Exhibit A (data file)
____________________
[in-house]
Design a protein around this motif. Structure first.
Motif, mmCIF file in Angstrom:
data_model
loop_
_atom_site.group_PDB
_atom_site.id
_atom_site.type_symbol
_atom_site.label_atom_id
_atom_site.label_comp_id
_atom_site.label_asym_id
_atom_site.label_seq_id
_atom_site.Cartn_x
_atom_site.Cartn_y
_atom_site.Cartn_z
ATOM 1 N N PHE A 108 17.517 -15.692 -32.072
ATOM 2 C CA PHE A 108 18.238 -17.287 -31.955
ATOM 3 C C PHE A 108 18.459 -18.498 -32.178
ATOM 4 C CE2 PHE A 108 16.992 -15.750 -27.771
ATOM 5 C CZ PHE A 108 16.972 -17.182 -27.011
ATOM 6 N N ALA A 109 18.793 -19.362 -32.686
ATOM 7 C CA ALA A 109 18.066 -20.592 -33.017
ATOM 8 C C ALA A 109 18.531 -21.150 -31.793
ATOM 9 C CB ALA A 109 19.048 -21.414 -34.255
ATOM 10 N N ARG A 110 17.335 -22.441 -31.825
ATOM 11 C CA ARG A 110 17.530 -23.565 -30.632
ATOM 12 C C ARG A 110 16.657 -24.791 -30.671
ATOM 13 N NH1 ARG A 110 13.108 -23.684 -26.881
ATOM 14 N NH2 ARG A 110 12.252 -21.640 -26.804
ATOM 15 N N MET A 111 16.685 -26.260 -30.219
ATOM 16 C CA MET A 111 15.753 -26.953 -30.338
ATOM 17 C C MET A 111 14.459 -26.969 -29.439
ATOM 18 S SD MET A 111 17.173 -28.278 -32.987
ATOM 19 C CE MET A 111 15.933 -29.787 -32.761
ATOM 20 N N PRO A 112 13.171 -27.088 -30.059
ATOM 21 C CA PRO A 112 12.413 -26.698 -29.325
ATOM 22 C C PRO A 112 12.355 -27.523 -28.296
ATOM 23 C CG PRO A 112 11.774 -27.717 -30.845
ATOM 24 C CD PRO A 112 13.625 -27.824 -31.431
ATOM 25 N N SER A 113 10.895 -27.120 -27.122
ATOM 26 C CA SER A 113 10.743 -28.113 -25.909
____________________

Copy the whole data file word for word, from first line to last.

[in-house]
Design a protein around this motif. Structure first.
Motif, mmCIF file in Angstrom:
data_model
loop_
_atom_site.group_PDB
_atom_site.id
_atom_site.type_symbol
_atom_site.label_atom_id
_atom_site.label_comp_id
_atom_site.label_asym_id
_atom_site.label_seq_id
_atom_site.Cartn_x
_atom_site.Cartn_y
_atom_site.Cartn_z
ATOM 1 N N PHE A 108 17.517 -15.692 -32.072
ATOM 2 C CA PHE A 108 18.238 -17.287 -31.955
ATOM 3 C C PHE A 108 18.459 -18.498 -32.178
ATOM 4 C CE2 PHE A 108 16.992 -15.750 -27.771
ATOM 5 C CZ PHE A 108 16.972 -17.182 -27.011
ATOM 6 N N ALA A 109 18.793 -19.362 -32.686
ATOM 7 C CA ALA A 109 18.066 -20.592 -33.017
ATOM 8 C C ALA A 109 18.531 -21.150 -31.793
ATOM 9 C CB ALA A 109 19.048 -21.414 -34.255
ATOM 10 N N ARG A 110 17.335 -22.441 -31.825
ATOM 11 C CA ARG A 110 17.530 -23.565 -30.632
ATOM 12 C C ARG A 110 16.657 -24.791 -30.671
ATOM 13 N NH1 ARG A 110 13.108 -23.684 -26.881
ATOM 14 N NH2 ARG A 110 12.252 -21.640 -26.804
ATOM 15 N N MET A 111 16.685 -26.260 -30.219
ATOM 16 C CA MET A 111 15.753 -26.953 -30.338
ATOM 17 C C MET A 111 14.459 -26.969 -29.439
ATOM 18 S SD MET A 111 17.173 -28.278 -32.987
ATOM 19 C CE MET A 111 15.933 -29.787 -32.761
ATOM 20 N N PRO A 112 13.171 -27.088 -30.059
ATOM 21 C CA PRO A 112 12.413 -26.698 -29.325
ATOM 22 C C PRO A 112 12.355 -27.523 -28.296
ATOM 23 C CG PRO A 112 11.774 -27.717 -30.845
ATOM 24 C CD PRO A 112 13.625 -27.824 -31.431
ATOM 25 N N SER A 113 10.895 -27.120 -27.122
ATOM 26 C CA SER A 113 10.743 -28.113 -25.909